The ODPRN conducted a serial cross-sectional study of all opioid-related deaths in Ontario, Canada between January 1, 1991 and December 31, 2010 to examine the rate and to estimate the years of potential life lost (YLL) due to opioid-related mortality. In the map illustrated below, we report the annualized rates of opioid-related deaths by county in Ontario using the most recent 5 years of data (2006-2010).
Key findings demonstrate:
- The overall rate of opioid-related mortality increased by 242% between 1991 and 2010
- The annual YLL due to premature opioid related death increased 3-fold
- The proportion of deaths attributable to opioids increased significantly over time among all ages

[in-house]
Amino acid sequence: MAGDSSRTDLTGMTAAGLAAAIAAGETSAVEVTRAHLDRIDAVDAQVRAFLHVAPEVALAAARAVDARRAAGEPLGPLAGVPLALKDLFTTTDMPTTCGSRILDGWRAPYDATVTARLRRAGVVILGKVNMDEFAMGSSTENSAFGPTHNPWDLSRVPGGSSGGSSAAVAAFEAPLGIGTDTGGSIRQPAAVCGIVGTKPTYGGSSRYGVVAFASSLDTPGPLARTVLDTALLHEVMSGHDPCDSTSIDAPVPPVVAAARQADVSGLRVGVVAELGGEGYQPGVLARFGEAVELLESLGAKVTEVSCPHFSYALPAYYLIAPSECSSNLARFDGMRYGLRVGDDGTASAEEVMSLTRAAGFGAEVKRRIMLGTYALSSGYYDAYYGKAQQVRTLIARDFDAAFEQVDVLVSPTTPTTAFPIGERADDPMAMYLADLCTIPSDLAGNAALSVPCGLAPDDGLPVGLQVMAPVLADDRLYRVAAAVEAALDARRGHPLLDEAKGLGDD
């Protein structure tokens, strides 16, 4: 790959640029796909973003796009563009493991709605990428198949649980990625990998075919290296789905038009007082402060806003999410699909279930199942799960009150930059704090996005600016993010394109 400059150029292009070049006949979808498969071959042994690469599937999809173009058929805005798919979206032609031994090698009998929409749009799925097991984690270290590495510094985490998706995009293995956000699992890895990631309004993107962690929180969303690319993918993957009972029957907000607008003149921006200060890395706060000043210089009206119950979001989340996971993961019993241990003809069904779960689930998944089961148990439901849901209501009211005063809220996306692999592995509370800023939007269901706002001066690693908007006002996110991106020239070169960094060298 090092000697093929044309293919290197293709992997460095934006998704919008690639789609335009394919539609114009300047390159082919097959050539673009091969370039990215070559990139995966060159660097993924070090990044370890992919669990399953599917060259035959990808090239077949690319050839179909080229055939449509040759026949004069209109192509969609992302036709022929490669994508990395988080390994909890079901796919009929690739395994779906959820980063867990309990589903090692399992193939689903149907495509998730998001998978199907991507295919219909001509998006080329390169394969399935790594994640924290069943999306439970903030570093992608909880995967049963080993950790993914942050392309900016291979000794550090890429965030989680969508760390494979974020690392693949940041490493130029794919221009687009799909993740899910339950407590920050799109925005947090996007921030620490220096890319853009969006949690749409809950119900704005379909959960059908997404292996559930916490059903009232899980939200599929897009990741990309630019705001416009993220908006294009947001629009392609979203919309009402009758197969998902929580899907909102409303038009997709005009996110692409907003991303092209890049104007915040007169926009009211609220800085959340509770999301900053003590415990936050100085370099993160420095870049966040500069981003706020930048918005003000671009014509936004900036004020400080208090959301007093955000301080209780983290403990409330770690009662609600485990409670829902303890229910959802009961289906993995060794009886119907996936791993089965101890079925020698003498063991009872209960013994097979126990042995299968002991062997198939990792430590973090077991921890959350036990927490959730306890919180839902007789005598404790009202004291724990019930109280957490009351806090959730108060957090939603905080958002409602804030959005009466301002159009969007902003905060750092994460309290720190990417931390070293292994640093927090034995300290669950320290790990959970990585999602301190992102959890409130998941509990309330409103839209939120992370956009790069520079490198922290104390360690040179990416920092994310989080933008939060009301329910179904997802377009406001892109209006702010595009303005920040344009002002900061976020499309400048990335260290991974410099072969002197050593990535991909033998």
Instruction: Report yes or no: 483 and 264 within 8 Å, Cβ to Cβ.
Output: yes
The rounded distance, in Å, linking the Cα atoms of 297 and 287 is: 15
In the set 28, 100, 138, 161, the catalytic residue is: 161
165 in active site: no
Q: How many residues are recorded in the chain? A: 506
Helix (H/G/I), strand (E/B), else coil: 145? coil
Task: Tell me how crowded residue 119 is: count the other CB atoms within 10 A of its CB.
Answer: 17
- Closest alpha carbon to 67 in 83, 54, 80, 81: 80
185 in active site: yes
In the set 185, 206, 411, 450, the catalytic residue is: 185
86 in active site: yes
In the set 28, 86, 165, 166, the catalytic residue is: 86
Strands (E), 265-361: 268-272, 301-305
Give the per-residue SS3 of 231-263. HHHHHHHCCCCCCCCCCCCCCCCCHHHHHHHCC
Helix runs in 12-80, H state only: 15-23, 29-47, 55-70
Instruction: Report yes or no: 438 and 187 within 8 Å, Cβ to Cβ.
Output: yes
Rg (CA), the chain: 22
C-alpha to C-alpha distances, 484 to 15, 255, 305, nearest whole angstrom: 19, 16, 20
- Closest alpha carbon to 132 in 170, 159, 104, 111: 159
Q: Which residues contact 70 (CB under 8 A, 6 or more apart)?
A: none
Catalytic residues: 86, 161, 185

- By 2010, nearly 1 of every 8 deaths among individuals aged 25 to 34 years was opioid-related
- The majority of opioid-related deaths occurred in men, involved a single opioid, and were deemed as accidental.
- The opioids most commonly involved in opioid-related deaths were morphine and or heroin (or the two combined), followed by oxycodone, methadone and codeine.
- Oxycodone was the opioid most commonly involved in overdose deaths involving a single opioid
- For overdose deaths where multiple opioids were involved, the most commonly involved opioids were codeine, morphine or heroin (or both)
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